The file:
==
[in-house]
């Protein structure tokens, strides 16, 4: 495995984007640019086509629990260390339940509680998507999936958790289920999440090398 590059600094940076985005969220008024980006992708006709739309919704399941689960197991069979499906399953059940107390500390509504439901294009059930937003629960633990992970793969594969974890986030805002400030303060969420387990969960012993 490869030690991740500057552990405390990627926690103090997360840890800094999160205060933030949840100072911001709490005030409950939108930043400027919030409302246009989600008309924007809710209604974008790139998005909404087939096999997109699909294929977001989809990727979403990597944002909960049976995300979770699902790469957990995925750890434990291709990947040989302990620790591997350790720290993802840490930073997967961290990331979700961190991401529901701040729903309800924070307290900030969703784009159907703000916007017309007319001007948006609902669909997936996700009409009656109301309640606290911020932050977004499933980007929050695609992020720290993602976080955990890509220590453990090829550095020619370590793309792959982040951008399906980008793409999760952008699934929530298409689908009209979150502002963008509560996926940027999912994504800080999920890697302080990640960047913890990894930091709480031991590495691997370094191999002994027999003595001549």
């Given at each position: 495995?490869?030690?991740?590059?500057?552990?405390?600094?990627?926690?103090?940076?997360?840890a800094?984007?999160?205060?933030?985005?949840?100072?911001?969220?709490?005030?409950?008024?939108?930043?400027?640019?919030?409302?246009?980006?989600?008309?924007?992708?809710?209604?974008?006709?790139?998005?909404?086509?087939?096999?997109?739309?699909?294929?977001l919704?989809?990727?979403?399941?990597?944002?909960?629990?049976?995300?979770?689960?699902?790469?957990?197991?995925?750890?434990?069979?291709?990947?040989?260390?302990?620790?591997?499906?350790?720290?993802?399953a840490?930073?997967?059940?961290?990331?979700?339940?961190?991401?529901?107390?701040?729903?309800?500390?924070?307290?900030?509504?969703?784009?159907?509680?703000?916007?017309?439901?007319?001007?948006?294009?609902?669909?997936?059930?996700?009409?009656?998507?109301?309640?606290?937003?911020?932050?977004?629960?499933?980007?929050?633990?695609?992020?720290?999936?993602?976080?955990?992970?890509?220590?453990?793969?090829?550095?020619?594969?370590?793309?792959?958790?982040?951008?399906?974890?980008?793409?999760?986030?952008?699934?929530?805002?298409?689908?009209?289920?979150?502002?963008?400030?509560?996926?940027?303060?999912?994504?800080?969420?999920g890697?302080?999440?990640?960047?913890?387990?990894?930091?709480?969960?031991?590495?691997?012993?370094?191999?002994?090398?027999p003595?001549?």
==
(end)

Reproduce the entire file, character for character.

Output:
[in-house]
């Protein structure tokens, strides 16, 4: 495995984007640019086509629990260390339940509680998507999936958790289920999440090398 590059600094940076985005969220008024980006992708006709739309919704399941689960197991069979499906399953059940107390500390509504439901294009059930937003629960633990992970793969594969974890986030805002400030303060969420387990969960012993 490869030690991740500057552990405390990627926690103090997360840890800094999160205060933030949840100072911001709490005030409950939108930043400027919030409302246009989600008309924007809710209604974008790139998005909404087939096999997109699909294929977001989809990727979403990597944002909960049976995300979770699902790469957990995925750890434990291709990947040989302990620790591997350790720290993802840490930073997967961290990331979700961190991401529901701040729903309800924070307290900030969703784009159907703000916007017309007319001007948006609902669909997936996700009409009656109301309640606290911020932050977004499933980007929050695609992020720290993602976080955990890509220590453990090829550095020619370590793309792959982040951008399906980008793409999760952008699934929530298409689908009209979150502002963008509560996926940027999912994504800080999920890697302080990640960047913890990894930091709480031991590495691997370094191999002994027999003595001549």
């Given at each position: 495995?490869?030690?991740?590059?500057?552990?405390?600094?990627?926690?103090?940076?997360?840890a800094?984007?999160?205060?933030?985005?949840?100072?911001?969220?709490?005030?409950?008024?939108?930043?400027?640019?919030?409302?246009?980006?989600?008309?924007?992708?809710?209604?974008?006709?790139?998005?909404?086509?087939?096999?997109?739309?699909?294929?977001l919704?989809?990727?979403?399941?990597?944002?909960?629990?049976?995300?979770?689960?699902?790469?957990?197991?995925?750890?434990?069979?291709?990947?040989?260390?302990?620790?591997?499906?350790?720290?993802?399953a840490?930073?997967?059940?961290?990331?979700?339940?961190?991401?529901?107390?701040?729903?309800?500390?924070?307290?900030?509504?969703?784009?159907?509680?703000?916007?017309?439901?007319?001007?948006?294009?609902?669909?997936?059930?996700?009409?009656?998507?109301?309640?606290?937003?911020?932050?977004?629960?499933?980007?929050?633990?695609?992020?720290?999936?993602?976080?955990?992970?890509?220590?453990?793969?090829?550095?020619?594969?370590?793309?792959?958790?982040?951008?399906?974890?980008?793409?999760?986030?952008?699934?929530?805002?298409?689908?009209?289920?979150?502002?963008?400030?509560?996926?940027?303060?999912?994504?800080?969420?999920g890697?302080?999440?990640?960047?913890?387990?990894?930091?709480?969960?031991?590495?691997?012993?370094?191999?002994?090398?027999p003595?001549?």